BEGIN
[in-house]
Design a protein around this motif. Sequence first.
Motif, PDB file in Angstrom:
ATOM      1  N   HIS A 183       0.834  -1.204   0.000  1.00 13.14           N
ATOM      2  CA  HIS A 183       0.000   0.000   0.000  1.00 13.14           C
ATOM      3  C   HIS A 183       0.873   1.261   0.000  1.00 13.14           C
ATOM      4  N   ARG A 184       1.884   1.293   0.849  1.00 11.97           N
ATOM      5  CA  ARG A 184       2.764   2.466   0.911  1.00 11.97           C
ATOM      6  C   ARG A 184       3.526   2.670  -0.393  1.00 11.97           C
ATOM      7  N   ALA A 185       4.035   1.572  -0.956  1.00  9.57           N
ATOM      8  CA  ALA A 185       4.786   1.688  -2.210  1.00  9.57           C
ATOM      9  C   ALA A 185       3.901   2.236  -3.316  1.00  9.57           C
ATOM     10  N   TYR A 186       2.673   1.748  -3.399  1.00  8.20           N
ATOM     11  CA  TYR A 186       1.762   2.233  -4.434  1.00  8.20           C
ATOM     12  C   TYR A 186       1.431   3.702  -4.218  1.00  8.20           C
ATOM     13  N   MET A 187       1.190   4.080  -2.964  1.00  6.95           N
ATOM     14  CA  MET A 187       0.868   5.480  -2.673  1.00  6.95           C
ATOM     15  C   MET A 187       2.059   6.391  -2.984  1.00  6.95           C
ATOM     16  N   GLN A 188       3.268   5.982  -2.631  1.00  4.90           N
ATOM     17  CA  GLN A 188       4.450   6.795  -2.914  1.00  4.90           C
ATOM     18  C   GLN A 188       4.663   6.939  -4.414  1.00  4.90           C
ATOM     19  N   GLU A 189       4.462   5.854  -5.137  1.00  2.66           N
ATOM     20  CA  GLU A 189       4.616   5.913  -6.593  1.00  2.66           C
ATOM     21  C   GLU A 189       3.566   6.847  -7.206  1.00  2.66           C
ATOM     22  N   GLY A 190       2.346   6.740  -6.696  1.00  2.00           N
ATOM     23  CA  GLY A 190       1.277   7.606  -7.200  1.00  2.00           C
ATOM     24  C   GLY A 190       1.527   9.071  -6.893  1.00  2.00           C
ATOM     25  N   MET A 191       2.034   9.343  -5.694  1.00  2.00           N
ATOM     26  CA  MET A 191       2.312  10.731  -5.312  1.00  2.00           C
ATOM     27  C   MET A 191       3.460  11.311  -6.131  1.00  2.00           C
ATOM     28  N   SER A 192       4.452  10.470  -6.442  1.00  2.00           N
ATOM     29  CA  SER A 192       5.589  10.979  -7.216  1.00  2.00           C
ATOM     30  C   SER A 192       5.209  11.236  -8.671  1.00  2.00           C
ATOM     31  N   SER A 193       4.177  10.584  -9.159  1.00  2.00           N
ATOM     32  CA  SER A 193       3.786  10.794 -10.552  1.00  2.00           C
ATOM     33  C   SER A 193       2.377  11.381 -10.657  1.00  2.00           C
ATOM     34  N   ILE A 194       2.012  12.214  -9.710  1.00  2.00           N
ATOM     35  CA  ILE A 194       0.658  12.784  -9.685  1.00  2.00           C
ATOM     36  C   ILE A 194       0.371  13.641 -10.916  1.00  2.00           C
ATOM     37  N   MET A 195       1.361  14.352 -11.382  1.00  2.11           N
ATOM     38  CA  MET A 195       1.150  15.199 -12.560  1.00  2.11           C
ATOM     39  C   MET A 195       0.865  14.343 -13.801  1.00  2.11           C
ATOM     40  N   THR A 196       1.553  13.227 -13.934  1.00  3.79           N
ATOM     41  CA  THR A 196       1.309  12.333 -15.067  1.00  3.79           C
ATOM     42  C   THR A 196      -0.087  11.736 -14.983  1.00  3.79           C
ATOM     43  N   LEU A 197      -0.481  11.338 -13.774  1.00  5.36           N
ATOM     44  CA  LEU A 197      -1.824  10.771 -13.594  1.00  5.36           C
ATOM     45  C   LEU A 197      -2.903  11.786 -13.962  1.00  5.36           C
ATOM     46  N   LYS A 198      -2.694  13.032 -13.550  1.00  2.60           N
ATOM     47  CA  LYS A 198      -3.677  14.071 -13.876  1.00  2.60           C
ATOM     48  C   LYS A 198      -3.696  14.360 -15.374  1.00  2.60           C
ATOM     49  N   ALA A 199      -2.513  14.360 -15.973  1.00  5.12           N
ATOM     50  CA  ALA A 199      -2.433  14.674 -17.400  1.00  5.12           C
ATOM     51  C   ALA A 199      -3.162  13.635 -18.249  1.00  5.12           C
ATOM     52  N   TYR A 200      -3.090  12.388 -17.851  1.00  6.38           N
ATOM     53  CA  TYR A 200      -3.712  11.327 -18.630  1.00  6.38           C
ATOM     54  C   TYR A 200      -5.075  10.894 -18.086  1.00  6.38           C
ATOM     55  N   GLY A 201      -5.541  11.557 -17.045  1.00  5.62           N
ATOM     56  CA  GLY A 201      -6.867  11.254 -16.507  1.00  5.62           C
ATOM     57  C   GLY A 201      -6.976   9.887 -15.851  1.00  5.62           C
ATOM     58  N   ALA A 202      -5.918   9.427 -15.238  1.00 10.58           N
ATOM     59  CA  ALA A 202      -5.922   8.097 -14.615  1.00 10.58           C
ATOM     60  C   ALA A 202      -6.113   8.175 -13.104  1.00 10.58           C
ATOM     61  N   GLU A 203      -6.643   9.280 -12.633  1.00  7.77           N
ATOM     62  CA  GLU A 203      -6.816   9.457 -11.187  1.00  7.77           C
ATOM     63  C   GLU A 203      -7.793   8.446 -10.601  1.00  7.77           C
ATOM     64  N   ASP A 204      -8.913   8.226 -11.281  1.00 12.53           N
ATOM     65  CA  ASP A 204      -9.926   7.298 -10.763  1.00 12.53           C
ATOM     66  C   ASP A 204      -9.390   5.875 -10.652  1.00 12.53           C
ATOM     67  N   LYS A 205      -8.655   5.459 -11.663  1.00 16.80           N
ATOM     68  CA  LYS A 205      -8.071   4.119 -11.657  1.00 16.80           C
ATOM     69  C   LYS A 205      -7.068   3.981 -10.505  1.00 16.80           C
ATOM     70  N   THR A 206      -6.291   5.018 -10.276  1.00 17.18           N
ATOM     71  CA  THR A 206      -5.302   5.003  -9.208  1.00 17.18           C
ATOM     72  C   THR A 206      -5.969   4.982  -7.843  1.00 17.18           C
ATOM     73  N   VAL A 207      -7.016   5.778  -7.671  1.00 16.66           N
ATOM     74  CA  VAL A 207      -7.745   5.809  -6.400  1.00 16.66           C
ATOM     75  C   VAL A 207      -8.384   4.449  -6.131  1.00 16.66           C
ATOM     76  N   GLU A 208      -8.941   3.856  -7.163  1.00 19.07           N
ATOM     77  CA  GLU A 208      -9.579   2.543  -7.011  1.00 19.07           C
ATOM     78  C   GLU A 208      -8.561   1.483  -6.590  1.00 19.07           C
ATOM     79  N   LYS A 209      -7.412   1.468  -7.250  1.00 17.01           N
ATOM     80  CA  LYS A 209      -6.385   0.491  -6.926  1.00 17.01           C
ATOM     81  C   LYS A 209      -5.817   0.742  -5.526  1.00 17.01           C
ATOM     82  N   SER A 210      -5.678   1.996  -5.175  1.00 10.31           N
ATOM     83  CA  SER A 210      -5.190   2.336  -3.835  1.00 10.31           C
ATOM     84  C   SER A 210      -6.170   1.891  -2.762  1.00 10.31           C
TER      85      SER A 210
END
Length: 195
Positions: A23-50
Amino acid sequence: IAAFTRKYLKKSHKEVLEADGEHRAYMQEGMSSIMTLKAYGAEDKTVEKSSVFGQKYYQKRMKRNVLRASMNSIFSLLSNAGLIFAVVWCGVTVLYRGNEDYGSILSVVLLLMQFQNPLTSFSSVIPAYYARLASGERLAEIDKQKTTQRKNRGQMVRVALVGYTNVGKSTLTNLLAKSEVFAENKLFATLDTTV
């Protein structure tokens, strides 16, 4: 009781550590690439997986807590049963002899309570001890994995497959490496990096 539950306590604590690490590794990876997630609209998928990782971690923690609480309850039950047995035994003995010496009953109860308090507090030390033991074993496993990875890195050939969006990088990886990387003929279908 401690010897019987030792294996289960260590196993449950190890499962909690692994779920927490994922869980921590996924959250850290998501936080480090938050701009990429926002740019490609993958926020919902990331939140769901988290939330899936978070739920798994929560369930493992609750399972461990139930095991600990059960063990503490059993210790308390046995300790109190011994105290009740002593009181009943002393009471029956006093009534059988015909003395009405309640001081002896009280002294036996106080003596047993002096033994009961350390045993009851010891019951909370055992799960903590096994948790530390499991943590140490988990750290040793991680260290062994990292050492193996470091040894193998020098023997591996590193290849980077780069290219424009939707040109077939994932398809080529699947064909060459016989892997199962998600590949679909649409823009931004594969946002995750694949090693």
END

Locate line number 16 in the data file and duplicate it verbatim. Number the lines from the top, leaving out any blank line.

ATOM     13  N   MET A 187       1.190   4.080  -2.964  1.00  6.95           N